onboard controllers is message-based. Commands and responses are in
The most traditional robot control architecture is structured in layers of
functional modules as depicted in Figure 10.6. There is a straightforward
transformation of sensor data (perception) in environment representation
(modelling), decision-making (planning), task decomposition (execution),
and elementary commands (motor control).
Several robot control architectures have been derived as refinements or
extensions of this control-feedback loop and have been documented in the
Reactive architectures minimize the role of modelling and planning ac-
tivities in order to cope with real time requirements of the robot controller.
The controller reacts to external stimuli, such as the presence of an obstacle
along its path, by exhibiting elementary behaviours, such as stopping the
motors or turning the robot in the opposite direction.
Deliberative architectures rely on a detailed description of the surround-
ing environment in order to enable the robot to plan its activities and carry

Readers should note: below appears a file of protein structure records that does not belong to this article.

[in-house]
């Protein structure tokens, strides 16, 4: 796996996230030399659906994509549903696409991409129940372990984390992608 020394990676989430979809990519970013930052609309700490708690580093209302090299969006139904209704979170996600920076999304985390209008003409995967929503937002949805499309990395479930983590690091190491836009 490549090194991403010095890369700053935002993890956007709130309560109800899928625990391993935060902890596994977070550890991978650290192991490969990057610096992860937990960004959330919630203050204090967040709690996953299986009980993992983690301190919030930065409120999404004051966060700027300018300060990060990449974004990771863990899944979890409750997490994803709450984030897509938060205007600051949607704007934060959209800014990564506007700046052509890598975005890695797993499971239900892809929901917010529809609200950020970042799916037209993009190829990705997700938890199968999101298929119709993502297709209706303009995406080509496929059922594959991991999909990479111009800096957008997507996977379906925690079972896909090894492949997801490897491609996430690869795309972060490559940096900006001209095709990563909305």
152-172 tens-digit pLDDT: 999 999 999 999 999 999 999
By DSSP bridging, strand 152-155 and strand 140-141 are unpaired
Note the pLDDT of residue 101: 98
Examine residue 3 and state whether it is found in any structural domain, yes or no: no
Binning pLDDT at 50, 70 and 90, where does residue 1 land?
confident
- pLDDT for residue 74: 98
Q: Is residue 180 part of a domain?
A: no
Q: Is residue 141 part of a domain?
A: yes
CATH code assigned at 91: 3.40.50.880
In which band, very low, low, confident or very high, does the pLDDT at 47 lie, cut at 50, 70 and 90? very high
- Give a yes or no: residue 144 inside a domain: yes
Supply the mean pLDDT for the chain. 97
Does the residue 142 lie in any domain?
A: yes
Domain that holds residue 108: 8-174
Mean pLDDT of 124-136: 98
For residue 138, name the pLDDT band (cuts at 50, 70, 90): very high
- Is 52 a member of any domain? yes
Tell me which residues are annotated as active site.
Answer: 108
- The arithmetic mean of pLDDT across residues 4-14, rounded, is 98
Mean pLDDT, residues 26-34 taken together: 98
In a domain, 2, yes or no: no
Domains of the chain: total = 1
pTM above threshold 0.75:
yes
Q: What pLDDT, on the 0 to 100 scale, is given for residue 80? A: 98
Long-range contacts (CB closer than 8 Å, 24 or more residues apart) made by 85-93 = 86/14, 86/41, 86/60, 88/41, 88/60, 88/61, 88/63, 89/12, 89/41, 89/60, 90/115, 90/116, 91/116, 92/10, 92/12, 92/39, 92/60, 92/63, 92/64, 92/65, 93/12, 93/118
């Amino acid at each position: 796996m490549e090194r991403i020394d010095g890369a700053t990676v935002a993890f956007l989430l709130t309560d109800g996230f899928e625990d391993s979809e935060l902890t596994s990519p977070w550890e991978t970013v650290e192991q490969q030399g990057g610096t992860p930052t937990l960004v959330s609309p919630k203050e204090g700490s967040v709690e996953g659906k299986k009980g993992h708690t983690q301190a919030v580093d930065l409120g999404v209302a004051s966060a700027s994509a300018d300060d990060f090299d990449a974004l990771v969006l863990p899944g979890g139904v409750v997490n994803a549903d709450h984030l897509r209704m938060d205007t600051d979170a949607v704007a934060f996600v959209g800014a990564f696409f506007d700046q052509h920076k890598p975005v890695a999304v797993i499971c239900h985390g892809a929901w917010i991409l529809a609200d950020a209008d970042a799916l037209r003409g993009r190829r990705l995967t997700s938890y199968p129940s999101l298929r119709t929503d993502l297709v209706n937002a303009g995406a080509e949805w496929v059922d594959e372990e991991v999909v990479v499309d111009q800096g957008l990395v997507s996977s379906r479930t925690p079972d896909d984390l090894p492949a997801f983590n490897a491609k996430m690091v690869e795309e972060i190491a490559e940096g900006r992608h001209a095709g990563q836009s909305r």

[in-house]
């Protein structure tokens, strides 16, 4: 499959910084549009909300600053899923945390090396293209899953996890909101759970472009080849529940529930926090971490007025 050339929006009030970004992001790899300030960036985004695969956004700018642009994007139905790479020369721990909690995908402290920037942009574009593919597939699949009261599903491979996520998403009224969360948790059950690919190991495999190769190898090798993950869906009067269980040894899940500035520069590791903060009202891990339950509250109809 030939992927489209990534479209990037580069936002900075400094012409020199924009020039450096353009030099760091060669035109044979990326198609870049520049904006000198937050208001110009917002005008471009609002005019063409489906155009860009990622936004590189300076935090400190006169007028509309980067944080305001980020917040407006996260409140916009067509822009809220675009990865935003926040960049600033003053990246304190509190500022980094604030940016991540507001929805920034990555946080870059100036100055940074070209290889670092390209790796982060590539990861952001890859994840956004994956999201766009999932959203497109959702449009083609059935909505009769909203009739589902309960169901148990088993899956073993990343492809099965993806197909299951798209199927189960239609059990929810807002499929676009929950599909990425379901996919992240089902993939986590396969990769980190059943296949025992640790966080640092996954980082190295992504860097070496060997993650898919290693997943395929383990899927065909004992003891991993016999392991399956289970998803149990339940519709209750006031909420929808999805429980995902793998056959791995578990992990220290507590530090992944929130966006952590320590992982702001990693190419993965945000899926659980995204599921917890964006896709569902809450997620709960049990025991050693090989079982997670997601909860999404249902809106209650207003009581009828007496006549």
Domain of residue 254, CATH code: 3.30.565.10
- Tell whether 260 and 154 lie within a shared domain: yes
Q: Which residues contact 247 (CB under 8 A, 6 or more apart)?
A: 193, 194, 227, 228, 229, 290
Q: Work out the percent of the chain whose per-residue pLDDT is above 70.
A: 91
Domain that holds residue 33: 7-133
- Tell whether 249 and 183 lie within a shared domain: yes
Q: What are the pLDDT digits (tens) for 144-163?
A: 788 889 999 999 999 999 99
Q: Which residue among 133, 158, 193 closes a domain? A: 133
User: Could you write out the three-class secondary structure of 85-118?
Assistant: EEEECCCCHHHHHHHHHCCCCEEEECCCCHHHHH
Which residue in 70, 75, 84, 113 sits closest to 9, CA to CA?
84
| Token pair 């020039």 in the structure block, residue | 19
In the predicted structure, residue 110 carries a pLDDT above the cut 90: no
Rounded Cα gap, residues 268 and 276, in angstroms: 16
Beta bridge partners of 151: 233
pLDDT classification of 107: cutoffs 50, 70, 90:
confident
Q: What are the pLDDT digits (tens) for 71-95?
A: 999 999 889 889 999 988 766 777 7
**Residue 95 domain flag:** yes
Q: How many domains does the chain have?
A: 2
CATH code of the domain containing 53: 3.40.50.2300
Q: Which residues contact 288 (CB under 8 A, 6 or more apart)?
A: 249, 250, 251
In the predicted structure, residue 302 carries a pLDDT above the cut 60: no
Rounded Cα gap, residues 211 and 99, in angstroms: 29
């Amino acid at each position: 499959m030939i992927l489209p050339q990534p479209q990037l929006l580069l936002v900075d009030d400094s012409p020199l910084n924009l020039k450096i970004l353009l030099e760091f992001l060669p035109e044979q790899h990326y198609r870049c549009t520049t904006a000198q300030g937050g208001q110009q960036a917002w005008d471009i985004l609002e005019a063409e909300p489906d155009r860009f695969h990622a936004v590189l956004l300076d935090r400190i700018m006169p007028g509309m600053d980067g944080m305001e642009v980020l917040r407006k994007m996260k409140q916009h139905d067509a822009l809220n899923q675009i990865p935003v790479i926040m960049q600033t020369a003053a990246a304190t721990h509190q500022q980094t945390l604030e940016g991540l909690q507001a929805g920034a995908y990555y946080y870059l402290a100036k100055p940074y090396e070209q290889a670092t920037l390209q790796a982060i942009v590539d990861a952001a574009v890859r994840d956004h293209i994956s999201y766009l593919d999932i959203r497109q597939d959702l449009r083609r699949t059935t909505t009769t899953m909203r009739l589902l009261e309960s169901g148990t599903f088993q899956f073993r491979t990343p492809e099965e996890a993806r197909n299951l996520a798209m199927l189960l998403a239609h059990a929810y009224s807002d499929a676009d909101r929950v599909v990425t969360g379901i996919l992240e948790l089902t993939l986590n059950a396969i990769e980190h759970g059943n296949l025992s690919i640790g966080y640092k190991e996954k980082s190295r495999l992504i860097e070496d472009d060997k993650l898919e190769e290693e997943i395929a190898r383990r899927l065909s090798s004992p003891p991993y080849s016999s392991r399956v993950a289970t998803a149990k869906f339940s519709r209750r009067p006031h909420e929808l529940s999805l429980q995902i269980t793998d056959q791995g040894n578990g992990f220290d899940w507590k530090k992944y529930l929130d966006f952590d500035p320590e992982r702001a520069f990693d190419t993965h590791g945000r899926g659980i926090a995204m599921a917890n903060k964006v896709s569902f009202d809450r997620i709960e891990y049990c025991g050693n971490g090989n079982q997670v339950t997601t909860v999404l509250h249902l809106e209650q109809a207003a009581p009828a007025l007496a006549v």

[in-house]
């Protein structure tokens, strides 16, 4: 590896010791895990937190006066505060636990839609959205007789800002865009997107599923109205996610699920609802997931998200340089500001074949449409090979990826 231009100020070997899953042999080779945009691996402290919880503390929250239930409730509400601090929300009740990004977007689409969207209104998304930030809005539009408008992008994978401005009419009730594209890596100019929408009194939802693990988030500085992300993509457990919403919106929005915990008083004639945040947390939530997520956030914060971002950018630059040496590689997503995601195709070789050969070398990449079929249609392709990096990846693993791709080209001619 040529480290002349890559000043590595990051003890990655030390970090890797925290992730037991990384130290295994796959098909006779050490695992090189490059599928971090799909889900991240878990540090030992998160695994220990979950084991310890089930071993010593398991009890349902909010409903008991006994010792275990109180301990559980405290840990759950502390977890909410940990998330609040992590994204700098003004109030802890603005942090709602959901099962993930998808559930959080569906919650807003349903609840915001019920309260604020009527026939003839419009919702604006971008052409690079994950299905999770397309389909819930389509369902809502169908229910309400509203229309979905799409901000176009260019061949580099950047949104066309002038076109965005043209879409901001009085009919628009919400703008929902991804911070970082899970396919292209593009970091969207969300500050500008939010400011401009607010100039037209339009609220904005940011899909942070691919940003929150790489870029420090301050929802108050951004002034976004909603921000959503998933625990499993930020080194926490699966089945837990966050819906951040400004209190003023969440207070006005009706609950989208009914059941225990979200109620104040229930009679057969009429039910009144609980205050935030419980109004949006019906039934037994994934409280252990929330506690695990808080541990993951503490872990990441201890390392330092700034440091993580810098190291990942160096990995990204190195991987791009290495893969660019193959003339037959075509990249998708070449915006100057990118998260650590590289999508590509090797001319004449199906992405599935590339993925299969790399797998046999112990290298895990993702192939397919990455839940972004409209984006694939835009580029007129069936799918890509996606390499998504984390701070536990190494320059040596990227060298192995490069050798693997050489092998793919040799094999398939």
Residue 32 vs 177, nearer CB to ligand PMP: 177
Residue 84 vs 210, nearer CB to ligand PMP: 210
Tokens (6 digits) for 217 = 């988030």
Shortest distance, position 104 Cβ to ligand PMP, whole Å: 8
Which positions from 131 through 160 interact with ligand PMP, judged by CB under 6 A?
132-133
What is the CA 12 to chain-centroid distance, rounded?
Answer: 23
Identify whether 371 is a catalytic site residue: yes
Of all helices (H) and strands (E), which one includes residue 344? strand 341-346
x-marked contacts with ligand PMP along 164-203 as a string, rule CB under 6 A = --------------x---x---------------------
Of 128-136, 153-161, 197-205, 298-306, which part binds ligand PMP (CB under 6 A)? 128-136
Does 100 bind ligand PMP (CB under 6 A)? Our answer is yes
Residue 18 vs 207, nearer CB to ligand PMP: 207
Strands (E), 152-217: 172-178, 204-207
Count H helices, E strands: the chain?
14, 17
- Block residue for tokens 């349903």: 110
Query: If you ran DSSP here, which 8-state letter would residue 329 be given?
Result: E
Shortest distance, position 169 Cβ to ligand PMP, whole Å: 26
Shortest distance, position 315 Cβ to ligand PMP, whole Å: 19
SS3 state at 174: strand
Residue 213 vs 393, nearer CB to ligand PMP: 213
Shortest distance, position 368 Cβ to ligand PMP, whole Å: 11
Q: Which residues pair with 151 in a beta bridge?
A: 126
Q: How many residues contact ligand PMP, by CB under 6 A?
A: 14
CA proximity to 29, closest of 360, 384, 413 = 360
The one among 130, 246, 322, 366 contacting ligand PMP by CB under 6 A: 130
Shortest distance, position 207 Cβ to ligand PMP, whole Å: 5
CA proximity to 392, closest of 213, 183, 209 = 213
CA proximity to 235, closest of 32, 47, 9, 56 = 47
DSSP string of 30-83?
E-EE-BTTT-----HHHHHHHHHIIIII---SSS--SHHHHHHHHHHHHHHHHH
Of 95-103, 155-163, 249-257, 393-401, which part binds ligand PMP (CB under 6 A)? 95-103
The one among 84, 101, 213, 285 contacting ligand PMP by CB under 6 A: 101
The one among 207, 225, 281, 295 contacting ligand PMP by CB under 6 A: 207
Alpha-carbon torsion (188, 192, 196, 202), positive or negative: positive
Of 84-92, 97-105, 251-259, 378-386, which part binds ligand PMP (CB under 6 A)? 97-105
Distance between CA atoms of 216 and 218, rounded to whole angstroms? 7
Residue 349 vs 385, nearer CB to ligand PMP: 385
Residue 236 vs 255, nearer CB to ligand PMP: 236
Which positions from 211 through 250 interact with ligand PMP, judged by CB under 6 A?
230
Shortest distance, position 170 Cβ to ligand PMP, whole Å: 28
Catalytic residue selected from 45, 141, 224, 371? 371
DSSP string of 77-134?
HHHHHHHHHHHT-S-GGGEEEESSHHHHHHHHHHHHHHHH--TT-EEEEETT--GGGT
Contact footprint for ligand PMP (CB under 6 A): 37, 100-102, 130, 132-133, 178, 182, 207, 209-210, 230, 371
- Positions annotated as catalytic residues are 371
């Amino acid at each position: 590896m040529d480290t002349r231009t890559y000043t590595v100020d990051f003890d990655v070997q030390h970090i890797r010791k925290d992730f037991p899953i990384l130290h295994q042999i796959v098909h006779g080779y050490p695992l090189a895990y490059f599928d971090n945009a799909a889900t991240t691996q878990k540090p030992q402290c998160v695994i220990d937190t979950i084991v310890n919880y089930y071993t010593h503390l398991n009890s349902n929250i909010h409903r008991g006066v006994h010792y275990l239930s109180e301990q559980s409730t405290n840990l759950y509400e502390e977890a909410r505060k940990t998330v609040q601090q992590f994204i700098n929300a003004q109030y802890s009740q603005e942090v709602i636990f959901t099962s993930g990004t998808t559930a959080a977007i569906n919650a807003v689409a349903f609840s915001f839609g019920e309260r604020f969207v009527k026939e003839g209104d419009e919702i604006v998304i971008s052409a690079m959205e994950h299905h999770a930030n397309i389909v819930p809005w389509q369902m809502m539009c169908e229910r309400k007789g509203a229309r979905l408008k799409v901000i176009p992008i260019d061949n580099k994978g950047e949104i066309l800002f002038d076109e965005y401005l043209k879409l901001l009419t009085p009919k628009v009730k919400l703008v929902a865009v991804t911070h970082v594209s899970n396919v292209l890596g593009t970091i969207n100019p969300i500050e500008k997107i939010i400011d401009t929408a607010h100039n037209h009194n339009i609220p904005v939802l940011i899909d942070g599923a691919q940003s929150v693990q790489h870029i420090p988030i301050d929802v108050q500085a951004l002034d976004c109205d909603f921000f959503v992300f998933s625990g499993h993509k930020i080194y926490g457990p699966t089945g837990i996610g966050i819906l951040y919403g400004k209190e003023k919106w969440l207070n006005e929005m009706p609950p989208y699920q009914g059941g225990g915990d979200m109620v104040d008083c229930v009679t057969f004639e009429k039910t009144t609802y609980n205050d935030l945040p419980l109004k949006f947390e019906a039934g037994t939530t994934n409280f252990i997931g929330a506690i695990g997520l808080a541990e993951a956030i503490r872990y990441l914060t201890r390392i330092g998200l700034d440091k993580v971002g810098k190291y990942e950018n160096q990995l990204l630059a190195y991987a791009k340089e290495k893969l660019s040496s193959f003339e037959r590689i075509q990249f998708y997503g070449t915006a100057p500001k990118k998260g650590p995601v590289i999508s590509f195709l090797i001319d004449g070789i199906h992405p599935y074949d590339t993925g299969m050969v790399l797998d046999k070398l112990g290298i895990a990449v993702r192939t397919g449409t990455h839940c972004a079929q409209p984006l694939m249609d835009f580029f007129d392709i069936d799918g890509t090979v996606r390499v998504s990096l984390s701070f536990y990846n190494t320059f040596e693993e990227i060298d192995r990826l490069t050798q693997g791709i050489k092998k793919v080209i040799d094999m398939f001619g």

out useful tasks. Tasks are described in terms of goals that the robot has to
achieve, such as transporting an object from one place to another (e.g. two
rooms in a building).
Hybrid architectures split the control activity into a number of inde-
pendent behaviours that enforce the robot's reactivity to external stimuli
and goal directedness. Typically they are decentralized architectures, i.e.
they are made up of a collection of autonomous and collaborating control
Subsumption architectures are special types of hybrid architectures,
where reactive behaviours (such as landmark detection or obstacle avoid-
ance) and deliberative behaviours (such as map building and navigation)
use sensor data independently and asynchronously to produce control com-
mands. Reactive and deliberative behaviours have the ability to inhibit or
suppress the control commands of other behaviours.
Figure 10.6 Traditional robot control feedback loop